Take this narrative and…

Making the rounds of news and blogs is this shocking new study: The Generation X Report.

What makes it so shocking?  Well, apparently those of us who were born between 1961 and 1981 are not the “insecure, angst ridden” underachievers everyone expects us to be.  We’re not “detached and melancholic.”  And we are not, as a group, “slackers.”

Here’s the thing – in my experience, we never were.

Insert the standard caveats about how the plural of anecdote is not data and how this is just my experience, but let me lay the early 90′s out from my own perspective.  I, along with almost everyone my own age that I knew, was having a really hard time finding any sort of “meaningful” work – for the values of meaningful that include: interesting, somewhat secure, decently paying, and carrying any sort of benefits.*  So what did we do?  We worked whatever way we could.  We took jobs as temps, waiters, and bartenders.  We often worked two jobs or more.  We added whatever seasonal jobs we could on top of that.  We made every effort to prove ourselves, to wedge our way into something resembling a decent opportunity.*  Some of us, including me, went back to school to try to improve our chances of getting decent work and hopefully to wait out the bad economic times.*

For this, the media labeled us “slackers.”*  I really don’t know if it was because the generation(s) before us didn’t like the fact that we were overwhelmingly employed in the service industry (most of us didn’t have a choice) or the fact that a lot of us resigned ourselves as best we could to the lifestyle we had at the time (we did have a choice about that, but the alternative was to be miserable).  Most of us didn’t seem to react much to the “slacker” label either.  Maybe that irritated the prior generation(s) as well.  But why should we care what names we were called by the very people who pulled the treehouse ladder up behind them?  Or maybe we were just working too damn hard at our 2+ jobs and worrying too much about getting sick and having to declare bankruptcy from our medical bills* to be worried about whether or not the editors of Time magazine thought us lazy.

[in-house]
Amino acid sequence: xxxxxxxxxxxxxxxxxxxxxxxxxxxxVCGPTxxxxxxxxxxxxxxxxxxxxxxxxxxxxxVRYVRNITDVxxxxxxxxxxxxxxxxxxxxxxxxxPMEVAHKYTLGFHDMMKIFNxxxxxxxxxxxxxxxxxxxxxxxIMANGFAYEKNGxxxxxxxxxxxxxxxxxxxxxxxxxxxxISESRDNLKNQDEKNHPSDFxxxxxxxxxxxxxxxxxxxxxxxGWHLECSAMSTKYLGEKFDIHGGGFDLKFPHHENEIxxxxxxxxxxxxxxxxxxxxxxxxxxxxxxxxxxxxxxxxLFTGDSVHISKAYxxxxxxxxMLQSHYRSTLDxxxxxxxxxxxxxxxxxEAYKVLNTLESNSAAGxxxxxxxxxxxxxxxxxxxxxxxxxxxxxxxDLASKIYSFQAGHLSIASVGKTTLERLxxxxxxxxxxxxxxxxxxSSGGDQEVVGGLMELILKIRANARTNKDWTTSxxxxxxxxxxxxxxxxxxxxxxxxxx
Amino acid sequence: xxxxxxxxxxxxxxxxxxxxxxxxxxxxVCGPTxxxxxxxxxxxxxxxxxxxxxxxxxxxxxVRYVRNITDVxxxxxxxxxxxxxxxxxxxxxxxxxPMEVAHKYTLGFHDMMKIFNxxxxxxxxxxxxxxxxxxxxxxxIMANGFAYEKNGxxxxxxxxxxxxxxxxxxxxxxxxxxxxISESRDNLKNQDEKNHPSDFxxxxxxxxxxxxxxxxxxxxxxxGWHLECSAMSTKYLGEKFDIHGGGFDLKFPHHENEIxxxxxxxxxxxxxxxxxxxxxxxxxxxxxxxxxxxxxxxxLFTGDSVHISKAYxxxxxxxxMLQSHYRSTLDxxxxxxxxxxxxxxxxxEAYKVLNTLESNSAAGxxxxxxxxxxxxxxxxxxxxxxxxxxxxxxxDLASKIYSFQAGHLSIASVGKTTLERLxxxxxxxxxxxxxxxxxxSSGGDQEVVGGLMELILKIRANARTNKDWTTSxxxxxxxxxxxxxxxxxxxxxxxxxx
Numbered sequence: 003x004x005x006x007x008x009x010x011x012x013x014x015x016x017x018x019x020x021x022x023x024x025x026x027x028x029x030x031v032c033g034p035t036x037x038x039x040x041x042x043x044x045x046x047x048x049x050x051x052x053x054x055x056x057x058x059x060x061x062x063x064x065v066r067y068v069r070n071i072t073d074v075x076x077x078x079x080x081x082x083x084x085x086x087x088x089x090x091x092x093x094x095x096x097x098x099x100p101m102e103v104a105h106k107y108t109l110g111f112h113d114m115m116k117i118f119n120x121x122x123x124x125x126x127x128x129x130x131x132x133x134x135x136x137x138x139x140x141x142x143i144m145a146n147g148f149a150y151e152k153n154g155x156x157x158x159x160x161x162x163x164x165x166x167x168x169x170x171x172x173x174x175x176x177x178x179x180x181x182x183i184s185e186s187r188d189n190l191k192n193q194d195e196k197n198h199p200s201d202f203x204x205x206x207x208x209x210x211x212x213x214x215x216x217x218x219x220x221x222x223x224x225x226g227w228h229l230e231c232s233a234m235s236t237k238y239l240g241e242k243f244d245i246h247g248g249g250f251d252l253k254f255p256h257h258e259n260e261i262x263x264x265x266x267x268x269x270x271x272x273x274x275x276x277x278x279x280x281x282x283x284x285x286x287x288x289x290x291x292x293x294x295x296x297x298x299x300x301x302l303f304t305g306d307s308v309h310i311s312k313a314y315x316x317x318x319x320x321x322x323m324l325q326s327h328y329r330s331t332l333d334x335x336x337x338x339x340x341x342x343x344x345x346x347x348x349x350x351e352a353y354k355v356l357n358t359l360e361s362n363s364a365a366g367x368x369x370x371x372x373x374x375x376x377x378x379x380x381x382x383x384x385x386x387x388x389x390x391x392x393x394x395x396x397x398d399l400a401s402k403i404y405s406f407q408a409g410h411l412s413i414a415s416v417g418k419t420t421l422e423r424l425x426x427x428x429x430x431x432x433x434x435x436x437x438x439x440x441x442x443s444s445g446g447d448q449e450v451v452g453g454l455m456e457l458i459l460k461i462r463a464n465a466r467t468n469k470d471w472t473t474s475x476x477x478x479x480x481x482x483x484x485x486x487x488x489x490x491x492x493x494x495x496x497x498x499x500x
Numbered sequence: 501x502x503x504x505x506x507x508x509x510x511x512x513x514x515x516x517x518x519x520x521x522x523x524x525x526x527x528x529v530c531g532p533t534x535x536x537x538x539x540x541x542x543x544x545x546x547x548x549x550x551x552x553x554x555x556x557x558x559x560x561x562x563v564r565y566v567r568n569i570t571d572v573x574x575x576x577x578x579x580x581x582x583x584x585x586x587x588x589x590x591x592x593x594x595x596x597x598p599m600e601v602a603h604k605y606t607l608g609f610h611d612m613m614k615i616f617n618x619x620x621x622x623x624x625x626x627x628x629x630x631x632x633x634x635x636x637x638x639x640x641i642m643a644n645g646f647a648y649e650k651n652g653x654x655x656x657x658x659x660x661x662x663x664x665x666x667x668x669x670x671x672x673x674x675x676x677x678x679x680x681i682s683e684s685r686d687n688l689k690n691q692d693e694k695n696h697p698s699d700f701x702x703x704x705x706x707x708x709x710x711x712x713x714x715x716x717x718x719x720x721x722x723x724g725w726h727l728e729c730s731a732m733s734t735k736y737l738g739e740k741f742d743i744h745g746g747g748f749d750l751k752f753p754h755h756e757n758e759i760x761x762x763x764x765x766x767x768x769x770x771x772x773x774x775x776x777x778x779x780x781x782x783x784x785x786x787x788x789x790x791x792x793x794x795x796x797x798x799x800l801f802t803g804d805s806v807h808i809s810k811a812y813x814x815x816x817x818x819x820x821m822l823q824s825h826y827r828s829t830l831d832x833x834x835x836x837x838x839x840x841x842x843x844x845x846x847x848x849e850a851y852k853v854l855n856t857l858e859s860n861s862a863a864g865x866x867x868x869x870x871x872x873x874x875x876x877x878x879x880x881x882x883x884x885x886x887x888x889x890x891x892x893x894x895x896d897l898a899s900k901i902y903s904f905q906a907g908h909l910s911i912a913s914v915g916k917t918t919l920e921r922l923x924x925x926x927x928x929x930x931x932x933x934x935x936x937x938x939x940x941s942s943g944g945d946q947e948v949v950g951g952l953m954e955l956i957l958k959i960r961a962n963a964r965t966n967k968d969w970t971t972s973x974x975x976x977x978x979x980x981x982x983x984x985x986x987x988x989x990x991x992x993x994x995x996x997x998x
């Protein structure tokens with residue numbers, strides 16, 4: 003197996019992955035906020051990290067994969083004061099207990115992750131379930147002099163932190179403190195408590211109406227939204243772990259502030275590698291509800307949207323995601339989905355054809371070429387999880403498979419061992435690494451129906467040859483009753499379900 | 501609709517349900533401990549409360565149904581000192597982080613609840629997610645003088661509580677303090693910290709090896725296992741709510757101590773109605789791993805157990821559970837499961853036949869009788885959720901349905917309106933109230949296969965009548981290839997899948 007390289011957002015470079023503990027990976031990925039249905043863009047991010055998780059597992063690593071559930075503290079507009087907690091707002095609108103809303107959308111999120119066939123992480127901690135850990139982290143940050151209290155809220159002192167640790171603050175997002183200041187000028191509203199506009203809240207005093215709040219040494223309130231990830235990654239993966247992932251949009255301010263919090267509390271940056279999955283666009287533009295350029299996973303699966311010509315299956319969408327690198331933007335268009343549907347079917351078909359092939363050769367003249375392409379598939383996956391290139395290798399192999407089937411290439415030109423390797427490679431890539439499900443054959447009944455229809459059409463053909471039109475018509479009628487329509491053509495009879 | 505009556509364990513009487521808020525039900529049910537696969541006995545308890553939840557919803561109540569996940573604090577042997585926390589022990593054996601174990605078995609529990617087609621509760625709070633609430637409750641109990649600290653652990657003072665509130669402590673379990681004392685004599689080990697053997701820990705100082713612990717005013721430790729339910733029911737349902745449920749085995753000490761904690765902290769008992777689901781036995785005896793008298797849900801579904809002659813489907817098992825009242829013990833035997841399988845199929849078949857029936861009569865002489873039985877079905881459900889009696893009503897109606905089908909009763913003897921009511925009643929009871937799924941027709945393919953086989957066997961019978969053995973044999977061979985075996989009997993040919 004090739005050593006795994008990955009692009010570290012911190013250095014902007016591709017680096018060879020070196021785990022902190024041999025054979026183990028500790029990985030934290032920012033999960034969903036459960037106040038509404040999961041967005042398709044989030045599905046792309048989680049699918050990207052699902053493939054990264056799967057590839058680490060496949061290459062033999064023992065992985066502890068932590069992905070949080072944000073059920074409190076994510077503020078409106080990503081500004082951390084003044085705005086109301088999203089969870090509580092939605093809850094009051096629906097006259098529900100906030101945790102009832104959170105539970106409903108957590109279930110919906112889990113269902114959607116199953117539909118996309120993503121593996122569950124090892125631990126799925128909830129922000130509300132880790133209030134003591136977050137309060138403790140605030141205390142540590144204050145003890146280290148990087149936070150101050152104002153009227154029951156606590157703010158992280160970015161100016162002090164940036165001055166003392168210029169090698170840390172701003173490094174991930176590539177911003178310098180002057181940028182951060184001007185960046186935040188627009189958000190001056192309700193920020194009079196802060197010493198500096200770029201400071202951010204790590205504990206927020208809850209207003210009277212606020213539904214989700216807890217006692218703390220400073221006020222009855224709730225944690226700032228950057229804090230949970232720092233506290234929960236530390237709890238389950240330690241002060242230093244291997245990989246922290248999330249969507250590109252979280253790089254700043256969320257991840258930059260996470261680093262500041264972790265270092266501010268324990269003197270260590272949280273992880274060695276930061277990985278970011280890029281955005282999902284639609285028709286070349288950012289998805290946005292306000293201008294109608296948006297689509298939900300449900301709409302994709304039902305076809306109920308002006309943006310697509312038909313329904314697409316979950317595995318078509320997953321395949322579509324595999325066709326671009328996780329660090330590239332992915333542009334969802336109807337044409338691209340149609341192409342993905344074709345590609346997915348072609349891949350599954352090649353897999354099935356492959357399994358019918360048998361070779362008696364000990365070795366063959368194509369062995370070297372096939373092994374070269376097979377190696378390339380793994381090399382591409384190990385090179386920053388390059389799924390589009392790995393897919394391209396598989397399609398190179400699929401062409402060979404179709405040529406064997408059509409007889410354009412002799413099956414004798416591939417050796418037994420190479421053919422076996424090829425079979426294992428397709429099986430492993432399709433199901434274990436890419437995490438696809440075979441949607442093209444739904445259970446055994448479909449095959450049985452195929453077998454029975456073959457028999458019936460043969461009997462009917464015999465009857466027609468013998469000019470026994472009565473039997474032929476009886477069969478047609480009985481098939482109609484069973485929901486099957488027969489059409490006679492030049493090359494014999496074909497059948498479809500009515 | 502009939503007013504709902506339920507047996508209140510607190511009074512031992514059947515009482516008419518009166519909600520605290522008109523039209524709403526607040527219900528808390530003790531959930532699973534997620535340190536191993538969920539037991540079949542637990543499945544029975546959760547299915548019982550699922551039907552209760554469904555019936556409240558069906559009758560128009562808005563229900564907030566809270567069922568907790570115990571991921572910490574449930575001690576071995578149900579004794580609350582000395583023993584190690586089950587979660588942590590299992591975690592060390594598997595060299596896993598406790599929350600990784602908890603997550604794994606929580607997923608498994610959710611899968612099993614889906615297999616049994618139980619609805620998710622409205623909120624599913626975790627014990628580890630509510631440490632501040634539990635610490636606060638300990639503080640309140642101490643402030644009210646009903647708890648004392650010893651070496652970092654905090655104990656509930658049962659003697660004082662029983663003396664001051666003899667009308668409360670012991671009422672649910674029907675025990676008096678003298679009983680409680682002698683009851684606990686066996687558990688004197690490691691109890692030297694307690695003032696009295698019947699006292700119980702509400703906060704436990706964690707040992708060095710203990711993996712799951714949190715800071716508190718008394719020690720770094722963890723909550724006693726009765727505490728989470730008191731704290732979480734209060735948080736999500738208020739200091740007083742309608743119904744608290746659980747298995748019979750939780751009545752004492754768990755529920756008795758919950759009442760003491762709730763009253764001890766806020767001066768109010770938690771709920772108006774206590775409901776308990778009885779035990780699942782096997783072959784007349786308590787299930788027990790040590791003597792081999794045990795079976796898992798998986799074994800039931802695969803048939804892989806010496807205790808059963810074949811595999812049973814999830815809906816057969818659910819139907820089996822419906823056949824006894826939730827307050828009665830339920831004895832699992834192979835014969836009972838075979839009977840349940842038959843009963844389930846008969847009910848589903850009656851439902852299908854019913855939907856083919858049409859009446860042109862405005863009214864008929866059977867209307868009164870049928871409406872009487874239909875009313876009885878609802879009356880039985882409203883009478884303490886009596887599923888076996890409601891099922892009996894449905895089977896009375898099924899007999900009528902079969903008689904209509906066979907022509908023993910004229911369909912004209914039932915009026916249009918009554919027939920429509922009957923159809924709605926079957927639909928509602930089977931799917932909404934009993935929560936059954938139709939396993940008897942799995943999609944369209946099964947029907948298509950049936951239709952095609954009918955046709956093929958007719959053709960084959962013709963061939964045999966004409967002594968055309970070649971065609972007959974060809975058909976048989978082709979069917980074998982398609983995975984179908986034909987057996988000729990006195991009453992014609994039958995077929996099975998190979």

So, I’m glad that a longitudinal study says that the majority of us are “active, balanced, and happy” these days.  But it doesn’t surprise me overmuch, considering most of us were at least active and balanced and working on happy during the very era we were painted as a bunch of disaffected, mopey losers.

 

*Does any of this sound familiar?  Current, even?

Comments

  1. I really think that the beliefs about Gen X are driven by the Boomers’ insecurities. They are our parents and our parents’ friends and there are more of them than there are of us. They don’t understand our reality and wonder why we don’t make the choices they made. Since we were out trying to get by rather than shouting in the streets they labelled us “slackers.” We were too busy and not as numerous, so our voice was never heard. Then the media moved on to the “millenials.” I think that in terms of the public sphere, we are the lost generation.